STEM education aims to integrate science, technology, engineering and mathematics disciplines.
One misconception that many have is that STEM is about emphasising certain subjects to the exclusion of others. The main objective of STEM is to optimise the effectiveness that these critical subjects can have when integrated with real-world applications by modelling how they are used in industry.
Forty academics from the fields of science, technology, engineering and mathematics have written to a number of government ministries to air their concerns about the education system’s failure in producing “critical minds”.
These academics argue that: “Our current culture rewards rote learning and leads to a workforce that is ill-equipped to deal with problems that require critical and innovate thinking.”
This comment is further proof of the poor leadership in education that perpetuates the status quo in the way the country is preparing the younger generations for the challenges that they will inevitably face in the workplace.
Student boredom is a major challenge that tends to be faced by STEM teachers. Academic research suggests that most students lose interest in science between 12 and 13 years.
The academics promoting reforms in STEM teaching in an integrated way are correct in insisting that the honing of universal problem-solving skills should be the cornerstone of learning at both the primary and secondary levels.
Science learning can be boring if it does not exemplify the effect of classroom theory in the real world. Moreover, many professional teachers do not know how engineering skills are used in the industry, so they cannot relate them to their students.
Another challenge faced by STEM educators is that this field of study attracts more men than women. This is a result of cultural prejudice and misconceptions.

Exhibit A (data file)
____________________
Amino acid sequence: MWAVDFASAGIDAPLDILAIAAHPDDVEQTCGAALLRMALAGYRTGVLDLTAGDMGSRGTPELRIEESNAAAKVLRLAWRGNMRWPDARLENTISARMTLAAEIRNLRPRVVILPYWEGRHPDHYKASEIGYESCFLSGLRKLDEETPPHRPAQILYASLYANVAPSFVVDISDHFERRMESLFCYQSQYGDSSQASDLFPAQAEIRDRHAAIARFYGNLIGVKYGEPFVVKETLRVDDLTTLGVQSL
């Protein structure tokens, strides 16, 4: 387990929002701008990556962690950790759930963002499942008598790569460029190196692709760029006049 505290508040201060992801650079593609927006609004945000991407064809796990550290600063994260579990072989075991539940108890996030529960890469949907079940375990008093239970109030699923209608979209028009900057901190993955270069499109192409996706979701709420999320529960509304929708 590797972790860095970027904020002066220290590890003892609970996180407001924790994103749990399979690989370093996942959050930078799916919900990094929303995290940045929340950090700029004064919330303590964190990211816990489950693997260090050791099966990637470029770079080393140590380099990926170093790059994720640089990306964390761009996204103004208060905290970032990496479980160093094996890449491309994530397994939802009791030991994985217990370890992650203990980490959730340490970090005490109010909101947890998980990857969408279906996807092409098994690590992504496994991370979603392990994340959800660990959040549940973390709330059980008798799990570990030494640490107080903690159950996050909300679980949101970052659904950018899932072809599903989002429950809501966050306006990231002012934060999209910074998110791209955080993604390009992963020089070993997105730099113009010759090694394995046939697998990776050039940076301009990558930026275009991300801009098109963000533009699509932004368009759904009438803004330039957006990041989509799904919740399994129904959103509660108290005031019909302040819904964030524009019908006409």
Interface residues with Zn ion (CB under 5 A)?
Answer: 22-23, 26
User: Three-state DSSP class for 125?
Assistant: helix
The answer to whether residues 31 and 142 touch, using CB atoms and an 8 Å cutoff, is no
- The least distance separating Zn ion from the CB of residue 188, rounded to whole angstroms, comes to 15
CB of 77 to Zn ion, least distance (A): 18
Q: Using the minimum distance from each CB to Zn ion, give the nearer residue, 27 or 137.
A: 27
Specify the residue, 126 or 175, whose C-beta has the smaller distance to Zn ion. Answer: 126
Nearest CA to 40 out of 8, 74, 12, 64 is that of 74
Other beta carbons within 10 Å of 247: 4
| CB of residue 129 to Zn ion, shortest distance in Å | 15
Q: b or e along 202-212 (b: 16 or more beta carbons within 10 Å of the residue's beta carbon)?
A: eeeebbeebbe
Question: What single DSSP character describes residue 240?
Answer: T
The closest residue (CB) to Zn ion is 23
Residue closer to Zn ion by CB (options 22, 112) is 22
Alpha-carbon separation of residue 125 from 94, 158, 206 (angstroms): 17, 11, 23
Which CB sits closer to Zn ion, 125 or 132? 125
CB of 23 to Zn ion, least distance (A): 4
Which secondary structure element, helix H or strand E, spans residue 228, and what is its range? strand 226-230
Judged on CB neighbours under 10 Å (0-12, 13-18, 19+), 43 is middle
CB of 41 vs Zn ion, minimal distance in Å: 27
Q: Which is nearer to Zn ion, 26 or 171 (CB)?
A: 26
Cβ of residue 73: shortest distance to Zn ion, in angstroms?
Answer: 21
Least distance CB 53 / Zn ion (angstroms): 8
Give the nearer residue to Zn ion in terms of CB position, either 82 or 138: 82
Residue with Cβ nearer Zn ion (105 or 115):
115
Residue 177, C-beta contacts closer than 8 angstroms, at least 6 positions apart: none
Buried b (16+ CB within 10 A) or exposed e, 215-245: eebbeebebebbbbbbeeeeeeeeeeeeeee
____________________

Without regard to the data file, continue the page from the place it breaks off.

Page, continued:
Our education policymakers need to encourage more female students to participate, introduce them to more female role models and dispel the misconception that STEM careers are too difficult to pursue.
For decades, our educational system has tried to provide for lower-achieving students by finding teaching methods that are especially effective for these students. While policymakers justify this approach on the grounds of social equity, it often short-changes the highly talented students who “are unable to find the covered content in schools stimulating enough”.
Raising academic achievement levels for all students must be a top priority for education reform at all levels. Interdisciplinary education with more emphasis on an integrated approach to teaching STEM subjects would increase learning gains among low-achievement students and increase engagement and problem-solving skills for all levels of students.
An issue that should have been given more importance in the academics’ letter is the critical need to have more direct ties between academia and industry. Our tertiary educational institutions must produce more and better STEM graduates, especially graduates with the kinds of skills needed by industry.
If we are to face the challenge of the digitalisation of the economy, we must improve our teaching standards, the curricula underpinning an integrated STEM strategy as well as the financial incentives we give students to encourage them to follow the hard options that lead to a career in science and technology.
The academics rightly sound a warning bell to the education policymakers that: “The international realities of technological and educational advancements mean that if we fail to innovate and take calculated risks, our standing will continue to comparatively deteriorate.”
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